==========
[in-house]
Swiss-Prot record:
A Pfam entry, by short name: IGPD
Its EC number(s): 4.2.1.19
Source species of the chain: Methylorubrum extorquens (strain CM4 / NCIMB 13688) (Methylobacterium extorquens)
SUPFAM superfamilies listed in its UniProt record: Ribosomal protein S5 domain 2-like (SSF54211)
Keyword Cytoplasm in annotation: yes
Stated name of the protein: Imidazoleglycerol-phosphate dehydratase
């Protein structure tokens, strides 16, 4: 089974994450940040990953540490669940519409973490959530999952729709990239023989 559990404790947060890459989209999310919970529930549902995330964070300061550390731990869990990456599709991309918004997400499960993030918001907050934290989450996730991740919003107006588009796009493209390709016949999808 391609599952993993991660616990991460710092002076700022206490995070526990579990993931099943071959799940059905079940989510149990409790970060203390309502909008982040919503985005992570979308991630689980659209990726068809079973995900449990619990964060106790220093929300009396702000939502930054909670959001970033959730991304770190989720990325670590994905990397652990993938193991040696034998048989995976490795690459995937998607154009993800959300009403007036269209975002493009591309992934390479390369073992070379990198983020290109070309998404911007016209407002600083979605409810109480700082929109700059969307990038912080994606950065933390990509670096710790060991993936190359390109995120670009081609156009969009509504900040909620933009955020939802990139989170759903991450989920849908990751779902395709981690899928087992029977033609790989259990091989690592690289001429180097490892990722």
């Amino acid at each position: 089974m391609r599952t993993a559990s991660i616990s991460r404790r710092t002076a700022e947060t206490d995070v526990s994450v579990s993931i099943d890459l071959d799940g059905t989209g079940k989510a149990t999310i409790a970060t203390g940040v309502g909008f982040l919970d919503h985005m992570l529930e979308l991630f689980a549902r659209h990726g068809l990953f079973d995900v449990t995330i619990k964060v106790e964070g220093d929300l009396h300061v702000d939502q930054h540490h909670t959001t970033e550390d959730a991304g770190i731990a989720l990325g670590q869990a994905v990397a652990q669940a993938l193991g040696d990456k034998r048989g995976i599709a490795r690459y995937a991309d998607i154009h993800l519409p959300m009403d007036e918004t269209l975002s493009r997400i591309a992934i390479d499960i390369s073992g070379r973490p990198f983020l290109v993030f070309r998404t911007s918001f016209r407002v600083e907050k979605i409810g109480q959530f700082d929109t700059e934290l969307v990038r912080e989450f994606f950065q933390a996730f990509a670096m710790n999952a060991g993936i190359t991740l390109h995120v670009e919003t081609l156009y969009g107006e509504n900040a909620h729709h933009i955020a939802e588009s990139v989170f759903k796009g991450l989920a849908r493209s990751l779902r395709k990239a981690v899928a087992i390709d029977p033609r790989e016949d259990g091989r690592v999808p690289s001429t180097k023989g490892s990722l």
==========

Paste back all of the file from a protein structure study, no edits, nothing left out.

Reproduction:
[in-house]
Swiss-Prot record:
A Pfam entry, by short name: IGPD
Its EC number(s): 4.2.1.19
Source species of the chain: Methylorubrum extorquens (strain CM4 / NCIMB 13688) (Methylobacterium extorquens)
SUPFAM superfamilies listed in its UniProt record: Ribosomal protein S5 domain 2-like (SSF54211)
Keyword Cytoplasm in annotation: yes
Stated name of the protein: Imidazoleglycerol-phosphate dehydratase
């Protein structure tokens, strides 16, 4: 089974994450940040990953540490669940519409973490959530999952729709990239023989 559990404790947060890459989209999310919970529930549902995330964070300061550390731990869990990456599709991309918004997400499960993030918001907050934290989450996730991740919003107006588009796009493209390709016949999808 391609599952993993991660616990991460710092002076700022206490995070526990579990993931099943071959799940059905079940989510149990409790970060203390309502909008982040919503985005992570979308991630689980659209990726068809079973995900449990619990964060106790220093929300009396702000939502930054909670959001970033959730991304770190989720990325670590994905990397652990993938193991040696034998048989995976490795690459995937998607154009993800959300009403007036269209975002493009591309992934390479390369073992070379990198983020290109070309998404911007016209407002600083979605409810109480700082929109700059969307990038912080994606950065933390990509670096710790060991993936190359390109995120670009081609156009969009509504900040909620933009955020939802990139989170759903991450989920849908990751779902395709981690899928087992029977033609790989259990091989690592690289001429180097490892990722």
């Amino acid at each position: 089974m391609r599952t993993a559990s991660i616990s991460r404790r710092t002076a700022e947060t206490d995070v526990s994450v579990s993931i099943d890459l071959d799940g059905t989209g079940k989510a149990t999310i409790a970060t203390g940040v309502g909008f982040l919970d919503h985005m992570l529930e979308l991630f689980a549902r659209h990726g068809l990953f079973d995900v449990t995330i619990k964060v106790e964070g220093d929300l009396h300061v702000d939502q930054h540490h909670t959001t970033e550390d959730a991304g770190i731990a989720l990325g670590q869990a994905v990397a652990q669940a993938l193991g040696d990456k034998r048989g995976i599709a490795r690459y995937a991309d998607i154009h993800l519409p959300m009403d007036e918004t269209l975002s493009r997400i591309a992934i390479d499960i390369s073992g070379r973490p990198f983020l290109v993030f070309r998404t911007s918001f016209r407002v600083e907050k979605i409810g109480q959530f700082d929109t700059e934290l969307v990038r912080e989450f994606f950065q933390a996730f990509a670096m710790n999952a060991g993936i190359t991740l390109h995120v670009e919003t081609l156009y969009g107006e509504n900040a909620h729709h933009i955020a939802e588009s990139v989170f759903k796009g991450l989920a849908r493209s990751l779902r395709k990239a981690v899928a087992i390709d029977p033609r790989e016949d259990g091989r690592v999808p690289s001429t180097k023989g490892s990722l």